Perhaps the number one question you all ask me these days is how do we grow our church. We've held steady for a year or so, but now's the time to get out of preservation mode and start building again. "We need to add people" is far easier said than done, but there are always options and strategies.
In fact, I could turn us into the next 3Trees or a baby Southeast by the end of the year, and all I'd have to do is totally sell out, abandoning everything I believe about worship and who we are as a church. If we went to totally contemporary songs, hired a rock band, added lights and fog machines, removed the pulpit, hid the baptistery, killed the Sunday school program and moved exclusively to small groups, quit Sunday evening services, revamped the sanctuary, switched my sermon style, and convinced me to wear untucked shirts with blue jeans and possibly get a Christian-y tattoo, we would start adding people -- younger people -- in droves. And we would stop being Russell Springs Christian Church, maybe in name as well as in spirit.
Since all of us -- including myself -- absolutely do not want to do that, we'll need to do other things. It's unavoidable we'll have to change up our music a bit, but we won't abandon hymns entirely. We'll need a bigger emphasis on relationships across the spectrum: Sunday school classes could get together for fellowship on their own time; we get invested more in the schools; we help out our community more; and we go to the highways and the hedges and ask them to come in, showing people we love them and God does, too. We can offer more classes and end programs that aren't seeking the lost, saving the found, and cultivating disciples.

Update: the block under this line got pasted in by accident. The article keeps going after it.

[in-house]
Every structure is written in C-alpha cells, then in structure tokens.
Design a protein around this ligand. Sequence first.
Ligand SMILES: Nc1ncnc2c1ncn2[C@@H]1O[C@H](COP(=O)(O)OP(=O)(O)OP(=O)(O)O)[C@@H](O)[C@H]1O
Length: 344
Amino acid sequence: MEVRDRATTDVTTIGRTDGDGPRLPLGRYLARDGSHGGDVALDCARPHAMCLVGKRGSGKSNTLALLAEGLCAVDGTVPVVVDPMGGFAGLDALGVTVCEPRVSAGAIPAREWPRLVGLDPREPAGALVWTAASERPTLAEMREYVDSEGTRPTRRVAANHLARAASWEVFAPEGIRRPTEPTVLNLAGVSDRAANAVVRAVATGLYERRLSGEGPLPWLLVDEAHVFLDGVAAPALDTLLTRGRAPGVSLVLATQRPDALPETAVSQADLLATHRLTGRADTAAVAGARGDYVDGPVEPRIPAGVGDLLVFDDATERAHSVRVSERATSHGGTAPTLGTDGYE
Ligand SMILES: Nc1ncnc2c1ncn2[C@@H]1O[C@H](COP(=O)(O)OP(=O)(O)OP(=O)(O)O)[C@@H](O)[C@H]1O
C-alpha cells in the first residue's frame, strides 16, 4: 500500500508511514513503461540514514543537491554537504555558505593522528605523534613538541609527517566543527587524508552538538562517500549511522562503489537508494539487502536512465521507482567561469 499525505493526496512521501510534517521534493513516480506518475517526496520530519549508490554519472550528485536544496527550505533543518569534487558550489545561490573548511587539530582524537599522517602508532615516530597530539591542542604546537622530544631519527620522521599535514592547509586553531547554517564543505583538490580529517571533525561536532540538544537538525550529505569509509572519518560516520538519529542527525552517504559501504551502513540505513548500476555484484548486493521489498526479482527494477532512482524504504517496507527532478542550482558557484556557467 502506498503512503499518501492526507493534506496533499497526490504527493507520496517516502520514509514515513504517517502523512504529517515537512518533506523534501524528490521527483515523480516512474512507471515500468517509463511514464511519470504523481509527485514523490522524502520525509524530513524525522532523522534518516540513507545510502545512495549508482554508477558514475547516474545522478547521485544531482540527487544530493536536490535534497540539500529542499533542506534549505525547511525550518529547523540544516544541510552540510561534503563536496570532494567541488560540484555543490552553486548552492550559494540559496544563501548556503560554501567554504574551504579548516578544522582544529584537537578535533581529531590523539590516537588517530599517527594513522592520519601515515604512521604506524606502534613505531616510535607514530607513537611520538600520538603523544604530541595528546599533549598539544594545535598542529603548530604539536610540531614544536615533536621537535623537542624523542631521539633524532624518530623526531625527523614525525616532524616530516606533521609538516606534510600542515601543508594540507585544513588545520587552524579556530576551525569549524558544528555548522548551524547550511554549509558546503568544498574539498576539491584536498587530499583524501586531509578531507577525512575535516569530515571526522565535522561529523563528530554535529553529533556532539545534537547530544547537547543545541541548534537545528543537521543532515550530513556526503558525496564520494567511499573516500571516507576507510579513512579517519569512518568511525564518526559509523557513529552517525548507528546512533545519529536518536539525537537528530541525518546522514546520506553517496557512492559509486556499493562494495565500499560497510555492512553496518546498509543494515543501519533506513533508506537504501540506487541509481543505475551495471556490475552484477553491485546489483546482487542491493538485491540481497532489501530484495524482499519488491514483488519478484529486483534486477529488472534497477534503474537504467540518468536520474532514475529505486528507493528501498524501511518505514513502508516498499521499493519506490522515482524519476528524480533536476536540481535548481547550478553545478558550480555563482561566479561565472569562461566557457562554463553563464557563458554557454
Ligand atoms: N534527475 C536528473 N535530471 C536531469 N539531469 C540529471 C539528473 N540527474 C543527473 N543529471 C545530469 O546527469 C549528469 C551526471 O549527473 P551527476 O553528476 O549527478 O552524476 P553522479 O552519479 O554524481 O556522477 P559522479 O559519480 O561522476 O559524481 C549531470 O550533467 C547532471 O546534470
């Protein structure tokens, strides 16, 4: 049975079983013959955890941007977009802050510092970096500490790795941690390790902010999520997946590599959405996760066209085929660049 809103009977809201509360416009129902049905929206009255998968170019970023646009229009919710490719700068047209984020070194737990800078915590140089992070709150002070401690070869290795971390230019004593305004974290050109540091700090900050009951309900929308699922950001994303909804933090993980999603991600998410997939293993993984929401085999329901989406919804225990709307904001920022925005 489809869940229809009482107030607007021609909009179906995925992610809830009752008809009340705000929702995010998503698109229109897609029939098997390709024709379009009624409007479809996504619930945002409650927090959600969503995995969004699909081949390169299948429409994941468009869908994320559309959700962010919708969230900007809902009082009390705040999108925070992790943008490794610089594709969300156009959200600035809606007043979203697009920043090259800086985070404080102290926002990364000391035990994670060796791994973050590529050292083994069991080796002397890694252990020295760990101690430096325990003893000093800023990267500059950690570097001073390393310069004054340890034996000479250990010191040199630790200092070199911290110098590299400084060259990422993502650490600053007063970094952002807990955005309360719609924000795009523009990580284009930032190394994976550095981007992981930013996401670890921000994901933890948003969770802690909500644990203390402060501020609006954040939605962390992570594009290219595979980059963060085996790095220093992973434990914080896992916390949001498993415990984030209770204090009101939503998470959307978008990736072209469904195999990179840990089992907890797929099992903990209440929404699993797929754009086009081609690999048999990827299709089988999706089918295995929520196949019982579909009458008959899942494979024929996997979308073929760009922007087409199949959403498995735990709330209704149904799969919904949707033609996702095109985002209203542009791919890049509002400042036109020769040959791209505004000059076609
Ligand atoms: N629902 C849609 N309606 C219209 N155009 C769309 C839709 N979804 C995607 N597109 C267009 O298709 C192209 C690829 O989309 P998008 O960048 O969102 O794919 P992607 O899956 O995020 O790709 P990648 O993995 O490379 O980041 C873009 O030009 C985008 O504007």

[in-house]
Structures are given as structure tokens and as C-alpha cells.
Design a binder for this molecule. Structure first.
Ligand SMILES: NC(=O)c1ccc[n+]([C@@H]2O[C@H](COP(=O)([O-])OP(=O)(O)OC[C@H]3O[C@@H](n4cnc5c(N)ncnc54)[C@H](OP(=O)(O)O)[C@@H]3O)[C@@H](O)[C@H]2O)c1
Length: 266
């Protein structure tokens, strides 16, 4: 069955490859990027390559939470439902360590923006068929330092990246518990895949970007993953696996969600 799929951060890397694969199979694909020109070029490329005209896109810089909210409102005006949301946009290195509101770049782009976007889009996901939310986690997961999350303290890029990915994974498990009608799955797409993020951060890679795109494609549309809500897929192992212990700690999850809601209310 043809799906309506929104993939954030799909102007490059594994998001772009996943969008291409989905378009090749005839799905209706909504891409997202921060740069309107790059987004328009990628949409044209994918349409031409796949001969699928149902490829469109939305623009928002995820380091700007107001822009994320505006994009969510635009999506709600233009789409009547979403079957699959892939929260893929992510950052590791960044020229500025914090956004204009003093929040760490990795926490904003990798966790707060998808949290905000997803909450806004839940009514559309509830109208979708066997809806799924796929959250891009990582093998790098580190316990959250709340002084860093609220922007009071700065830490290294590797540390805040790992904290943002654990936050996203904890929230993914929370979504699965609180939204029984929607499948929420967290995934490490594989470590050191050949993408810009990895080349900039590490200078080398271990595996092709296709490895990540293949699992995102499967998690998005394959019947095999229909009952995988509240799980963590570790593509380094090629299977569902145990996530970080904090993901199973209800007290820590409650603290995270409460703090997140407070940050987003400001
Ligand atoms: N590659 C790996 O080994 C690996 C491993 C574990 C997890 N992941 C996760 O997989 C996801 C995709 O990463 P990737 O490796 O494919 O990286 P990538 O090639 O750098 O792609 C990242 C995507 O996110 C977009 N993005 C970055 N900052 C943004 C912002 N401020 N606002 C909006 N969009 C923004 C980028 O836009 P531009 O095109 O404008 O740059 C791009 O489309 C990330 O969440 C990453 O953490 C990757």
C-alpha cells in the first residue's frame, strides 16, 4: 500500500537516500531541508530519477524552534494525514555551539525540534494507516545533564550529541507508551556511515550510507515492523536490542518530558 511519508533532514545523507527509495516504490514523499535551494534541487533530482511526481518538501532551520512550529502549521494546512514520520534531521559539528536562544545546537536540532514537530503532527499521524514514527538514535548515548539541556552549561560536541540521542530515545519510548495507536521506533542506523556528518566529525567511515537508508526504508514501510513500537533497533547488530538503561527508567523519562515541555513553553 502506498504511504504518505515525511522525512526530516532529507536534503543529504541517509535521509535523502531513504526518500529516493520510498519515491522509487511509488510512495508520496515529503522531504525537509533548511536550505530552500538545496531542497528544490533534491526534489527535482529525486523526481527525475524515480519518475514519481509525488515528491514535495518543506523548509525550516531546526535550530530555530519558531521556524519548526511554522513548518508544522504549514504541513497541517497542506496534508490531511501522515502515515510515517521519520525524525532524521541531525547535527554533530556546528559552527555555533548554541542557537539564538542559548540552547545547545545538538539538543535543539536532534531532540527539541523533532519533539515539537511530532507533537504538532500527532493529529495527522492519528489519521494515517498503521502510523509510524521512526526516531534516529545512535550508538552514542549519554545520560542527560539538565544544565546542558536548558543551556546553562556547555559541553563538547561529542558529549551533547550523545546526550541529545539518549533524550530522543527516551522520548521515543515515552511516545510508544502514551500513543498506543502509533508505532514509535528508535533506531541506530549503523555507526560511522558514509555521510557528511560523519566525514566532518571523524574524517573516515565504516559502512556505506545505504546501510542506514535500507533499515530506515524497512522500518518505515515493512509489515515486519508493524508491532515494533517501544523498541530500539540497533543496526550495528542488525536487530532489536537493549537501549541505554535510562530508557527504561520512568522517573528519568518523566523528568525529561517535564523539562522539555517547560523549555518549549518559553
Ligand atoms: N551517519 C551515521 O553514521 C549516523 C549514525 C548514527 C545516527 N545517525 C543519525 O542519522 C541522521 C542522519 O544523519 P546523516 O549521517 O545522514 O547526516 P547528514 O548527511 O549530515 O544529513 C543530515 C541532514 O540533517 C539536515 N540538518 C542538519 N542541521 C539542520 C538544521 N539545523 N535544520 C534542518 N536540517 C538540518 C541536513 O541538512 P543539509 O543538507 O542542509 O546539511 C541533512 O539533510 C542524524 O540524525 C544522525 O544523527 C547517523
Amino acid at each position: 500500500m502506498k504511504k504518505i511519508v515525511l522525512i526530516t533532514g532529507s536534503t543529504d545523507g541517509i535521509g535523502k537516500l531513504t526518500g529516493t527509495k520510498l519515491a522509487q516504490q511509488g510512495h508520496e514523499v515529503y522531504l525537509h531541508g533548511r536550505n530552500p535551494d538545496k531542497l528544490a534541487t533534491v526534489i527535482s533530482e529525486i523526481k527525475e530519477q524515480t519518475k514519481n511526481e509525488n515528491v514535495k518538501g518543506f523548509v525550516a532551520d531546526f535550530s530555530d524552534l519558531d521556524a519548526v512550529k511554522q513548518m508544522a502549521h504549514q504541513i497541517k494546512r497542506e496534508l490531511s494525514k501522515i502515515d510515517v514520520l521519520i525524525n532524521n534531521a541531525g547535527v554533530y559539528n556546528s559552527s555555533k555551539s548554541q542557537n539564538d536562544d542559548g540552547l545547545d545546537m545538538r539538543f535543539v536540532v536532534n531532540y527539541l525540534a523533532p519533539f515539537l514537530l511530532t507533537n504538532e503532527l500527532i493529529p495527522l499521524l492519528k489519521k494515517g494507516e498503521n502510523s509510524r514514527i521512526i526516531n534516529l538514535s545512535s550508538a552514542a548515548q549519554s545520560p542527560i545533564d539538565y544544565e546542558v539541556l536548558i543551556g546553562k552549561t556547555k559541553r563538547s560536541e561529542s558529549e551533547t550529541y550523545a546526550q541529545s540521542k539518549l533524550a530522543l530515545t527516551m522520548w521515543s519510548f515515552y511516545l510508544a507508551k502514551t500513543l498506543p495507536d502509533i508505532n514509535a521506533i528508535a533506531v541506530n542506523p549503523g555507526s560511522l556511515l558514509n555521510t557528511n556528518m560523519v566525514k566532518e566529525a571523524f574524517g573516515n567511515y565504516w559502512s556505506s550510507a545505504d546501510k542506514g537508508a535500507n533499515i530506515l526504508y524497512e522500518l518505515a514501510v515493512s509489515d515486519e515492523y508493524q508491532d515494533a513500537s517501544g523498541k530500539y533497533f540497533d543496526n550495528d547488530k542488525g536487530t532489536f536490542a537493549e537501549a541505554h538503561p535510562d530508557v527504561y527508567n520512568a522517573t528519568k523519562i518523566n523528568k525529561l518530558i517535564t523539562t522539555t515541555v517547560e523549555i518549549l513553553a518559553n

There's only one formula for church growth, however, that's guaranteed to work every time: seek the will of God and do it. After all, one can plant, another can water, but God gives the growth (1 Cor. 3:6). We can never do it on our own, but with God, with the leadership of the Holy Spirit, all things are possible.